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United States v. Moreno

United States District Court, N.D. Illinois, Eastern Division

January 30, 2017

UNITED STATES OF AMERICA
v.
MARIA MORENO

          MEMORANDUM OPINION AND ORDER

          Robert M. Dow, Jr. United States District Judge

         On April 21, 2016, a jury convicted Defendant Maria Moreno (“Defendant”) of one count of conspiring with others to possess with the intent to distribute and to distribute narcotics, in violation of 21 U.S.C. § 846, and two counts of knowingly using a telephone in furtherance of the alleged conspiracy, in violation of 21 U.S.C. § 843(b). Currently before the Court is Defendant's Rule 29 Motion for Judgment of Acquittal and/or Rule 33 Motion for a New Trial [342]. For the reasons stated below, Defendant's motion [342] is denied. Counsel are requested to jointly contact the Courtroom Deputy by 2/4/2017 to schedule a sentencing date.

         I. Background

         The Government indicted Defendant and five co-defendants-Miguel Guzman, Alfredo Torres, Sergio Zacahua, Acasio Sanchez, and Fabian Foster-for their alleged participation in a conspiracy to distribute heroin and cocaine in the Chicago, Illinois and Detroit, Michigan areas. According to the Government, Guzman was the head of the drug trafficking organization (the “Guzman DTO”) and Defendant received narcotics from Chicago-based members of the Guzman DTO to further distribute in the Detroit area. The Government filed a thirteen-count indictment against the six co-defendants. Defendant is named in three of the counts. Count One charged Defendant with conspiring with others to possess with the intent to distribute and to distribute narcotics, in violation of 21 U.S.C. § 846. Counts Nine and Eleven charged Defendant with knowingly using a telephone in furtherance of the alleged conspiracy, in violation of 21 U.S.C. § 843(b).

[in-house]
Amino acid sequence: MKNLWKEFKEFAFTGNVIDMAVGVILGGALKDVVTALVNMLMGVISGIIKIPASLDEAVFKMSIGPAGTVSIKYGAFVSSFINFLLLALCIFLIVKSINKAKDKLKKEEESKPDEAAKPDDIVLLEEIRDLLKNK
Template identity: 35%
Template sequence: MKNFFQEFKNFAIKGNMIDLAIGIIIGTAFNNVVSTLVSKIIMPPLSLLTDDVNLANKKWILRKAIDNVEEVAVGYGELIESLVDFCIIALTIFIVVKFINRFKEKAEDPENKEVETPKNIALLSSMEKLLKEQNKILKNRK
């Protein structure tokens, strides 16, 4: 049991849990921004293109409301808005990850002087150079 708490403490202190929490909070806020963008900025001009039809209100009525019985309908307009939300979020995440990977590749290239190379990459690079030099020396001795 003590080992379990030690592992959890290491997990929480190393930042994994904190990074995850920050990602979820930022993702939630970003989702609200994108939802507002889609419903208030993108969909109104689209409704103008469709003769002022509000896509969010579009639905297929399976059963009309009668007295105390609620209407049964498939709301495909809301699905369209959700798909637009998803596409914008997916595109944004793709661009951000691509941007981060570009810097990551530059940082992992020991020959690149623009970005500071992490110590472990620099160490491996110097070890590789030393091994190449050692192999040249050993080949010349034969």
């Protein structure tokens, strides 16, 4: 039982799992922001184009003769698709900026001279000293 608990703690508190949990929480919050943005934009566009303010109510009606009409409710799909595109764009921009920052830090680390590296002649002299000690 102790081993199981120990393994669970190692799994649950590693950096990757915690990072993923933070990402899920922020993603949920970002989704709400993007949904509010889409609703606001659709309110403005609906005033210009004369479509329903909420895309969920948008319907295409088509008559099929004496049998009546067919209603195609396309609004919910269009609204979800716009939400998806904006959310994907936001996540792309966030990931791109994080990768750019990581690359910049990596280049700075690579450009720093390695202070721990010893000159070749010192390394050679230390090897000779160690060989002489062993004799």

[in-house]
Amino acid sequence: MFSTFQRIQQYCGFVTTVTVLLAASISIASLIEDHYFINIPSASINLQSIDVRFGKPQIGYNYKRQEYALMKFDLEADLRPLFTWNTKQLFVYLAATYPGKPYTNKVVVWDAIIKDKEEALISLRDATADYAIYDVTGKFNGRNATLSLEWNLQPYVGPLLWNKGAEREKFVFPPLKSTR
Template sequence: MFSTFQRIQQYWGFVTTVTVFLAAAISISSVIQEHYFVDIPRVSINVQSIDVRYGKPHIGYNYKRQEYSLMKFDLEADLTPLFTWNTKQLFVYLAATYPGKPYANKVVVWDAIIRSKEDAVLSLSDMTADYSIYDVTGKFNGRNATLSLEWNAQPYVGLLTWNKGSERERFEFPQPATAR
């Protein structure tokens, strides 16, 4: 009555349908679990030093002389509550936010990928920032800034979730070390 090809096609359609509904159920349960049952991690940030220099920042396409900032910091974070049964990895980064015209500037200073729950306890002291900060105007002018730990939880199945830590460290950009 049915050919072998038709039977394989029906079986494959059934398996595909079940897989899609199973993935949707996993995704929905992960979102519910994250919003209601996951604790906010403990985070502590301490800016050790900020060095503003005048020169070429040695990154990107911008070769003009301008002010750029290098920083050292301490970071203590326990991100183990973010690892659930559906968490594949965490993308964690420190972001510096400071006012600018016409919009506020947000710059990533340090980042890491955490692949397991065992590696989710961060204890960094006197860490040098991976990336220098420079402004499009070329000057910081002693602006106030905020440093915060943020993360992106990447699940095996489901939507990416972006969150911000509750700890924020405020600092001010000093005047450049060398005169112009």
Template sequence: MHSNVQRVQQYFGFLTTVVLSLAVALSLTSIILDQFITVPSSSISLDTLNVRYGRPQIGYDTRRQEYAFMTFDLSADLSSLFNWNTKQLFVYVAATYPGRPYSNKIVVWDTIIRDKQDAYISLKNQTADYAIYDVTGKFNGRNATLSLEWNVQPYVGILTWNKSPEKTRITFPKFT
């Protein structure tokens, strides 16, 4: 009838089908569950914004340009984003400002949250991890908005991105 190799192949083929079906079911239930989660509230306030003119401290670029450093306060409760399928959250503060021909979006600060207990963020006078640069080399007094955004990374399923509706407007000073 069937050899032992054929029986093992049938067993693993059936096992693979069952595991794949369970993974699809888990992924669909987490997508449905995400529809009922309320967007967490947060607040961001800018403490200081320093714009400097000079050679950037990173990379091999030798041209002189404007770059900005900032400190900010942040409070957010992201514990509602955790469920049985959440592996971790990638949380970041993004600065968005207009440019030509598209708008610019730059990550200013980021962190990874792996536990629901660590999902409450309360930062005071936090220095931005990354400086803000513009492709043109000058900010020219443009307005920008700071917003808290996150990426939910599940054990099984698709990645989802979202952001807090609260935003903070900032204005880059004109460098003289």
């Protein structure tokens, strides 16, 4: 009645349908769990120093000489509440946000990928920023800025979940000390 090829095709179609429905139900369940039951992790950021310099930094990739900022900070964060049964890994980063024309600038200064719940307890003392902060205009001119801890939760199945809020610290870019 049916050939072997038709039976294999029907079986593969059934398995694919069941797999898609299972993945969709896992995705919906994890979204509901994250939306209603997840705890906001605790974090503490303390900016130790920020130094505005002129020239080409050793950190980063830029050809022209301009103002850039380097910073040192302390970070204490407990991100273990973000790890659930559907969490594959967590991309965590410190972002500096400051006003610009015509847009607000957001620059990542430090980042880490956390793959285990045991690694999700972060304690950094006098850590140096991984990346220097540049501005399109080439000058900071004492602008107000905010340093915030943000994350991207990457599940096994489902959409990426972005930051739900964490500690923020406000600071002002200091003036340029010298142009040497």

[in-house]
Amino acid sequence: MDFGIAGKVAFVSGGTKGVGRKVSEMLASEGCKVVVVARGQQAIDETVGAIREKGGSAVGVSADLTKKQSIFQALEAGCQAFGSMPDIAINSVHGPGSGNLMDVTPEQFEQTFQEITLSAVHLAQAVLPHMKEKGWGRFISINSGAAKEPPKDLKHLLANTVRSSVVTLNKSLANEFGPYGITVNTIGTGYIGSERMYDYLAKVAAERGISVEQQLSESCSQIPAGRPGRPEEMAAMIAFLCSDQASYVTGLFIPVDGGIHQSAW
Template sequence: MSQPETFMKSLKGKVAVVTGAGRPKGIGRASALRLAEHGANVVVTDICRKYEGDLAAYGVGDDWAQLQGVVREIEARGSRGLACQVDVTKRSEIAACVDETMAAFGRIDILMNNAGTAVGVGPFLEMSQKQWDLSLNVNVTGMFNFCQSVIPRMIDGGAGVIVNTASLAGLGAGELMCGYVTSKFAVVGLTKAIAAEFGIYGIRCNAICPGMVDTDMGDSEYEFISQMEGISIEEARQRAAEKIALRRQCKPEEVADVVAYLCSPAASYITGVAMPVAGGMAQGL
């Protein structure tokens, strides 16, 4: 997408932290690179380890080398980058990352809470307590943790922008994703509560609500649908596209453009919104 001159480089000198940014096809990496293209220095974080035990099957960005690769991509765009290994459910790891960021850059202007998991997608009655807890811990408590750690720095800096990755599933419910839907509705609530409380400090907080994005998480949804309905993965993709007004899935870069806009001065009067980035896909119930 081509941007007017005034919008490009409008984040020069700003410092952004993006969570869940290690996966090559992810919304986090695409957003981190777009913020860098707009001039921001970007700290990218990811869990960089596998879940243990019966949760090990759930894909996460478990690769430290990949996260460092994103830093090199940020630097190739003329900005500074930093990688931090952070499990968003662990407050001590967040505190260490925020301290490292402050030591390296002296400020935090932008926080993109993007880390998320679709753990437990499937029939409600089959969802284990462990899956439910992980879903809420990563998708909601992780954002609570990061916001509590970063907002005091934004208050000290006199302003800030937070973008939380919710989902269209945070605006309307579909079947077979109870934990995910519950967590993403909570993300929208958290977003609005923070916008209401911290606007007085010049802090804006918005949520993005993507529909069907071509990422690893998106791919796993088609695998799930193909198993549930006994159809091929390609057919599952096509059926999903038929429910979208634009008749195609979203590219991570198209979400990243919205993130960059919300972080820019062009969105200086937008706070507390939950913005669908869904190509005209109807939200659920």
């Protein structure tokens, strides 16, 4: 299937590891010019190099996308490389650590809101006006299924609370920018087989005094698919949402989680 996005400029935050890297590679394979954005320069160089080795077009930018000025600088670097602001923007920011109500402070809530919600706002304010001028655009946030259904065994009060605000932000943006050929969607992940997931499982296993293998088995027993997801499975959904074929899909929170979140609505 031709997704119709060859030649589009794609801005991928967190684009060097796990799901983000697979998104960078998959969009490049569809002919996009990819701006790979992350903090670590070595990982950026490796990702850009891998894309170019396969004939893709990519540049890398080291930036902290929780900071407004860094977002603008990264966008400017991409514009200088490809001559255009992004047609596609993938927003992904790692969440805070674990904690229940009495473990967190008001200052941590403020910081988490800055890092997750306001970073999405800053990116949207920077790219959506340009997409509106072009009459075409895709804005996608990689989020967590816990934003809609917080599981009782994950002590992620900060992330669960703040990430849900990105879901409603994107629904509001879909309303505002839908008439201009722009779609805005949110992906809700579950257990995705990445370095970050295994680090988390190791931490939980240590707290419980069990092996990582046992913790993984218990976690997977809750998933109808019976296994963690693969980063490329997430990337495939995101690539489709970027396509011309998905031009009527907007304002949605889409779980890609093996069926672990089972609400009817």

Defendant's co-defendants all entered guilty pleas. Defendant elected to be tried by a jury. The Government's evidence consisted primarily of recorded telephone conversations between Defendant and her alleged co-conspirators in which Defendant arranged to receive narcotics and warned of law enforcement actions; testimony of a cooperating alleged co-conspirator (Torres) describing the ongoing relationship between Defendant and the Guzman DTO; and law enforcement surveillance of Defendant attempting to pick up four kilograms of heroin from one of the Guzman DTO's couriers (Foster) in July 2013.

         More specifically, Torres testified that he worked for the Guzman DTO for approximately fifteen years, along with Sanchez, Zacahua, and Foster. Torres met Defendant in approximately mid-2012 at Guzman's audio shop. Guzman introduced Torres to Defendant and instructed him to deliver heroin to her on an ongoing basis. Torres and Defendant exchanged telephone numbers. Within three days, Torres delivered between two and four kilograms of heroin to Defendant at a Chicago restaurant.

         Torres testified that after this initial delivery, he or another Guzman DTO worker delivered two to four kilograms of heroin to Defendant approximately once or twice a month. For most of their relationship, Defendant would drive to Chicago and Torres or another Guzman DTO worker would take Defendant's vehicle, retrieve money that Defendant left in the vehicle, and load the vehicle with heroin. Torres also testified that, on at least one occasion, Guzman told him to give Defendant the kilograms of heroin and she could pay at a later date. According to Torres, Defendant paid approximately $200, 000 for four kilograms of heroin. FBI Special Agent Christopher Labno testified that one kilogram of heroin in equivalent to around 4, 000 individual doses and that, at the time of Defendant's arrest, the wholesale price for four kilograms of heroin was approximately $200, 000.